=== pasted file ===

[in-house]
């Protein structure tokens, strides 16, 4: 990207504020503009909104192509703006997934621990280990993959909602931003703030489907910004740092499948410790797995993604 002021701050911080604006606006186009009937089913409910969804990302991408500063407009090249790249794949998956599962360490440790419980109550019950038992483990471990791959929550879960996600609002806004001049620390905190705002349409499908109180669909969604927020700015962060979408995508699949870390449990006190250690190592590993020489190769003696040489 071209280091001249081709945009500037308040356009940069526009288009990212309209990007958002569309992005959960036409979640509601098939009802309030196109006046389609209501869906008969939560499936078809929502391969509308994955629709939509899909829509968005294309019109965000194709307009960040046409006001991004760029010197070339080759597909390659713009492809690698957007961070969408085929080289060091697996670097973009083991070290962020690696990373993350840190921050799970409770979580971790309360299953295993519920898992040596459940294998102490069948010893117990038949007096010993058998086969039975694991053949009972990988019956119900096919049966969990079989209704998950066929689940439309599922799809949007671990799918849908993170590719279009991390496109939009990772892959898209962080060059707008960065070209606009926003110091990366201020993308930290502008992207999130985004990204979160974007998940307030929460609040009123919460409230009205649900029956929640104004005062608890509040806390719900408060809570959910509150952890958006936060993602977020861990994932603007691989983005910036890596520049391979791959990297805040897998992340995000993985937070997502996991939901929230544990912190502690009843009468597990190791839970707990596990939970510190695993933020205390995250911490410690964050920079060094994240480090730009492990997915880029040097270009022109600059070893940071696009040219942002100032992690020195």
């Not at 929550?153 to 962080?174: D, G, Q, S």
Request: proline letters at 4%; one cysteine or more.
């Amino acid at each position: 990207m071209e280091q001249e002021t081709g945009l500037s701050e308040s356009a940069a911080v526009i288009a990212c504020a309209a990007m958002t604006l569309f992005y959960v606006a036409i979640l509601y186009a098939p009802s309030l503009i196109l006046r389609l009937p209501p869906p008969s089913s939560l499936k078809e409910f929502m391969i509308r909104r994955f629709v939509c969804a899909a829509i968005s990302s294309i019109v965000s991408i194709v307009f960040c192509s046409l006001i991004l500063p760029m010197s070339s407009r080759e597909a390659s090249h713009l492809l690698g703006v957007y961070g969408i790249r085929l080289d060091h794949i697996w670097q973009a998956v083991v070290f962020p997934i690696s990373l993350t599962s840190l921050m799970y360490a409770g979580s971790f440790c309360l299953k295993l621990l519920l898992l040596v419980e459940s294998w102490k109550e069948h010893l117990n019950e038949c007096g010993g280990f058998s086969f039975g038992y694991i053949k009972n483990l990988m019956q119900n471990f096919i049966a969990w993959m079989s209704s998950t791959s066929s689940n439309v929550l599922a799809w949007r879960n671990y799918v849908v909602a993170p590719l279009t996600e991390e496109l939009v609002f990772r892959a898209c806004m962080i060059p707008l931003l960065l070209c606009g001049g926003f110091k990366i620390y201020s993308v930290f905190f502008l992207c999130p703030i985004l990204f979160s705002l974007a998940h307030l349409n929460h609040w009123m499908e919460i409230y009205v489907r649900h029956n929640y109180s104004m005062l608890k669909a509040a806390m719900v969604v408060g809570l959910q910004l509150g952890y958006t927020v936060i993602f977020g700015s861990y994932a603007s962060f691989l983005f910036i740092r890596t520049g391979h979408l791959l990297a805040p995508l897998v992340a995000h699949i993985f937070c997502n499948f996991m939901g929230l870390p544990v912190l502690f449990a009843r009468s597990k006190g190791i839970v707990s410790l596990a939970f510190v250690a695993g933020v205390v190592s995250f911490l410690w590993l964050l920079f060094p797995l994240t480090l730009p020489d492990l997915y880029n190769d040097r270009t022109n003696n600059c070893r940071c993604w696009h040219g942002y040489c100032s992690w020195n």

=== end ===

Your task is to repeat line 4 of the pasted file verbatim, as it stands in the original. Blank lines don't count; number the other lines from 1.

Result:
Request: proline letters at 4%; one cysteine or more.